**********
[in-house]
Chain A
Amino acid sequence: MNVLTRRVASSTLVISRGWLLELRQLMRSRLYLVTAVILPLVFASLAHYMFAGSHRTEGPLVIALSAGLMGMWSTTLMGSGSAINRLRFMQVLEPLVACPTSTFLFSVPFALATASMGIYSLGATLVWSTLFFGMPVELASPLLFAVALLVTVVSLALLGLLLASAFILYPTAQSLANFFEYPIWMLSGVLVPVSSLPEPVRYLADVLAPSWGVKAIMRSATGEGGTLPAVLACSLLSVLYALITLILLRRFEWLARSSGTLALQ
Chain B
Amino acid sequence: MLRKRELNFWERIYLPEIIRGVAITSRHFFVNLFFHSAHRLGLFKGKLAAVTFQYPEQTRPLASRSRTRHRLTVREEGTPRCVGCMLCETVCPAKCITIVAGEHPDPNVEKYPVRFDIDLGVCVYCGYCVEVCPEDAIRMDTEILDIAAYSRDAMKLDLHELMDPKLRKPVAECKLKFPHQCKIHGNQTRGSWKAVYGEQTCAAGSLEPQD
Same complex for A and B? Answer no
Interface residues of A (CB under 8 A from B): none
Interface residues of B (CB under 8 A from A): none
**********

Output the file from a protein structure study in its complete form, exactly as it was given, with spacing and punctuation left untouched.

[in-house]
Chain A
Amino acid sequence: MNVLTRRVASSTLVISRGWLLELRQLMRSRLYLVTAVILPLVFASLAHYMFAGSHRTEGPLVIALSAGLMGMWSTTLMGSGSAINRLRFMQVLEPLVACPTSTFLFSVPFALATASMGIYSLGATLVWSTLFFGMPVELASPLLFAVALLVTVVSLALLGLLLASAFILYPTAQSLANFFEYPIWMLSGVLVPVSSLPEPVRYLADVLAPSWGVKAIMRSATGEGGTLPAVLACSLLSVLYALITLILLRRFEWLARSSGTLALQ
Chain B
Amino acid sequence: MLRKRELNFWERIYLPEIIRGVAITSRHFFVNLFFHSAHRLGLFKGKLAAVTFQYPEQTRPLASRSRTRHRLTVREEGTPRCVGCMLCETVCPAKCITIVAGEHPDPNVEKYPVRFDIDLGVCVYCGYCVEVCPEDAIRMDTEILDIAAYSRDAMKLDLHELMDPKLRKPVAECKLKFPHQCKIHGNQTRGSWKAVYGEQTCAAGSLEPQD
Same complex for A and B? Answer no
Interface residues of A (CB under 8 A from B): none
Interface residues of B (CB under 8 A from A): none